You'll play Subway Surfers predominantly as a young graffiti artist, running from a police officer on crowded railroad tracks after tagging a train car. Like in Temple Run, your goal is to run away from the screen for the longest amount of time as possible, collecting coins and earning points along the way. Also like in Temple Run, you'll find power-ups scattered around the environment, like one that doubles your score for some time, another than makes you run faster, and even a magnet that forces all coins (regardless of their location) to fly into your character.
There are a few major differences between Subway Surfers and Temple Run (aside from their graphical themes, that is), and many of these arguably make Subway Surfers the more enjoyable experience. For one, Temple Run relies on tilt controls to move your character to the edges of a single track to collect coins, avoid gaps, etc. In Subway Surfers, you'll swipe left and right on the screen to avoid oncoming trains and obstacles, no titling required. Furthermore, Temple Run often makes you turn 90 degree corners left and right, limiting how much you can really plan ahead in order to survive. Subway Surfers doesn't contain this element, instead allowing you to move between three tracks and see fairly far ahead of you on a semi-curved path.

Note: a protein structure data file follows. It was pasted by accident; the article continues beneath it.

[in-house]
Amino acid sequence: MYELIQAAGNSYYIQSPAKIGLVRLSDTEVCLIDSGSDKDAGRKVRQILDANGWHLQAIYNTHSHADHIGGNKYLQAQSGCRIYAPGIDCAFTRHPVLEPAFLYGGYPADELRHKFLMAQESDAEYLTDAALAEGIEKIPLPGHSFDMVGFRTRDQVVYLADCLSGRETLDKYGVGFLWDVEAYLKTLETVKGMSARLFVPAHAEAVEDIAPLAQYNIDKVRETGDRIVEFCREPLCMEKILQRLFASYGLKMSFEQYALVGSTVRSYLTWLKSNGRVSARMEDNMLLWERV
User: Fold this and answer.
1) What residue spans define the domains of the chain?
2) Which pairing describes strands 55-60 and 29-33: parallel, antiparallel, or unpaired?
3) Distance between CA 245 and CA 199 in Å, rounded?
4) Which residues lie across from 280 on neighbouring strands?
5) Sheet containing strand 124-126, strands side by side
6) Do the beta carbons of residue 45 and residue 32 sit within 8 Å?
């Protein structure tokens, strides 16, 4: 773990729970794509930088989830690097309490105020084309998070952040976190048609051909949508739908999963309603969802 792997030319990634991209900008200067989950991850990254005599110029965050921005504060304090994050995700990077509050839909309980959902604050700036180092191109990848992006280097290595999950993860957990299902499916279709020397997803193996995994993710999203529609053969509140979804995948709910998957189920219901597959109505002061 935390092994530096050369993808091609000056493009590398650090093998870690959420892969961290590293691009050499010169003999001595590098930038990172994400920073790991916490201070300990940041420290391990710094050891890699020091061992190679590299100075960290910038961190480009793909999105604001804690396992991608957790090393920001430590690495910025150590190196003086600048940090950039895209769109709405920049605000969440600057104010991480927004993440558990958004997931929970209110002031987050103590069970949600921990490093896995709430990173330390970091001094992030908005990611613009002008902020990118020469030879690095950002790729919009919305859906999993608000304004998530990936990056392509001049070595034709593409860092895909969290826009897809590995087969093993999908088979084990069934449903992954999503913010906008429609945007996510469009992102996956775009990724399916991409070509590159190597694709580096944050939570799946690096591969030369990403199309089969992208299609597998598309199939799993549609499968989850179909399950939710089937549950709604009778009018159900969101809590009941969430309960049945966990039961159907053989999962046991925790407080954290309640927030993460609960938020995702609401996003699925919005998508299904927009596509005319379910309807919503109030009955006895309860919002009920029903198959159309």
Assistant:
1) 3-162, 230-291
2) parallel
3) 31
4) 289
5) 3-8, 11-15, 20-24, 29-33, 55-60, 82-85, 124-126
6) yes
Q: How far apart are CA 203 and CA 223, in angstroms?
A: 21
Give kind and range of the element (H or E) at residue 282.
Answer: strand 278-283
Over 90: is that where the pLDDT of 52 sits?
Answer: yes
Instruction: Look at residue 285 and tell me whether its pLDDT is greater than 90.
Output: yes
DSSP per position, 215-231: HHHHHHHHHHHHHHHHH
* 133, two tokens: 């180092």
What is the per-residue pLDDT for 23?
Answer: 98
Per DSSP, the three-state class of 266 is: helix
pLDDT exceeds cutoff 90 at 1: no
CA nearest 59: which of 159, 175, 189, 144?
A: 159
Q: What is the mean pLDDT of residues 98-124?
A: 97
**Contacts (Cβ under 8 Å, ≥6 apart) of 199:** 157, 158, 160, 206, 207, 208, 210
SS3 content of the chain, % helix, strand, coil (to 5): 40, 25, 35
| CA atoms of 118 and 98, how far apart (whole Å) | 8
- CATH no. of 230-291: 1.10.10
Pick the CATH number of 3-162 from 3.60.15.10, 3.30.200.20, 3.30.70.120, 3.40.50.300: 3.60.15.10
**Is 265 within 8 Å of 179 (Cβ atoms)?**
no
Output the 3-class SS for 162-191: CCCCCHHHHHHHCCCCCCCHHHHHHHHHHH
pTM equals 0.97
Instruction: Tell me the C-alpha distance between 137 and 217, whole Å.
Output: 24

As you play, Subway Surfers challenges you to complete sets of three missions at a time, such as collecting a certain number of coins or running a specific length, and you can collect tokens along the way that allow you to unlock one of four additional characters with which to play. There are some hitching problems when completing missions that can cause the game to freeze for a short instance as the game pops up a notification that you've completed one, and this can sometimes cause you to fail entirely as you run into an obstacle, and the overall loading time to get into the action (the first time you load the app during each session) is also fairly long.
All of that being said, this is one case where the clone might actually outdo the game that inspired it, as the removal of tilt controls and sharp turns makes Subway Surfers a less stressful and arguably more entertaining experience. This isn't to say that Temple Run is a bad game, as both are definitely a lot of fun to play. With Subway Surfers being free to download though, why not try it out for yourself to see which one you like more?
Click here to download Subway Surfers on iOS --->
Have you tried both Subway Surfers and Temple Run on your iPhone or iPad? Which game do you like more? Sound off in the comments.